THE ELECTION of Edwin D. Etherington to the presidency of the National Center for Voluntary Action assures vigorous leadership for a vital endeavor. He brings to his new responsibility an admirable blend of energy, experience, and sensitivity, especially to the concerns of our young and disadvantaged.
In 1968 1 pledged that in this Administration there would be "a new measure of reliance on voluntary efforts, and a new level of official public recognition of their immense contribution to the betterment of life in America."
In November 1969, after consulting with the Cabinet and seeking the advice of citizens representing some 250 voluntary organizations, I announced the formation of the National Center for Voluntary Action as part of the broader national program.
The National Center was conceived as a private, nonprofit, nonpolitical organization to work in a "creative partnership" with both the Federal Government and private volunteer agencies in encouraging a resurgence of voluntarism in America. Its efforts were to complement those programs already sponsored by the Federal Government such as the Peace Corps and VISTA.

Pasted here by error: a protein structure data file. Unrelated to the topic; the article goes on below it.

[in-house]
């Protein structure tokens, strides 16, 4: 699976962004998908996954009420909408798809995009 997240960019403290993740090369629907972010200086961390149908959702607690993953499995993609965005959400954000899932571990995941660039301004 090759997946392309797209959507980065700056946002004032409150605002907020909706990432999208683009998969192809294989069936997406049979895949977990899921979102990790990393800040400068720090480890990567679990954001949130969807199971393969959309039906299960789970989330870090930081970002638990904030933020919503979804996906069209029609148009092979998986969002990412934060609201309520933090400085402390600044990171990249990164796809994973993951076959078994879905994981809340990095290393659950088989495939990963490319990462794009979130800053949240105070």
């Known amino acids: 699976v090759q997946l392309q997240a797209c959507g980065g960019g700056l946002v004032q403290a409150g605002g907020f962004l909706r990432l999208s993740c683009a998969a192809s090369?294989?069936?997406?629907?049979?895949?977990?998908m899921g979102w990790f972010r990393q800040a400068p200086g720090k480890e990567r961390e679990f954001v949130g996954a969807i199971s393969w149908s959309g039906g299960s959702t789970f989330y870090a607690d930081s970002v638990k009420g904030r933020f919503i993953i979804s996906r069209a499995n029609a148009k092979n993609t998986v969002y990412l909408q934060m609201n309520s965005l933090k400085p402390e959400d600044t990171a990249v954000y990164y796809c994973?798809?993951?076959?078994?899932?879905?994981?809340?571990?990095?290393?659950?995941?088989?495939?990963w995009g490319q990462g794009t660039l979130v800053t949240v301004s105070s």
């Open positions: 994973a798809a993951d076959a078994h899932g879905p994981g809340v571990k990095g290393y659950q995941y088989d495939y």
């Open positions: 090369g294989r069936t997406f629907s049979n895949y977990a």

Today, with Henry Ford II acting as chairman and 120 volunteers from all walks of life serving on its board, the National Center for Voluntary Action has become an active force in stimulating new volunteer programs across the country. The Center's clearinghouse, sorely needed for many years, has now gathered 4,000 descriptions of actual volunteer efforts so that other communities, groups, or individuals can find out what has been tried and what solutions have been discovered by volunteers in the past. A national volunteer awards program has also been established to recognize outstanding individuals, and a large-scale communications program is underway.
I know that since the resignation of Charles B. Wilkinson on September 1, 1970, the Center has conducted a long and careful search for its new president. I congratulate the Center on its selection of Mr. Etherington, and I con. gratulate Mr. Etherington on his selection. He can count on the enthusiastic cooperation of this Administration and on my own deep and continuing personal interest.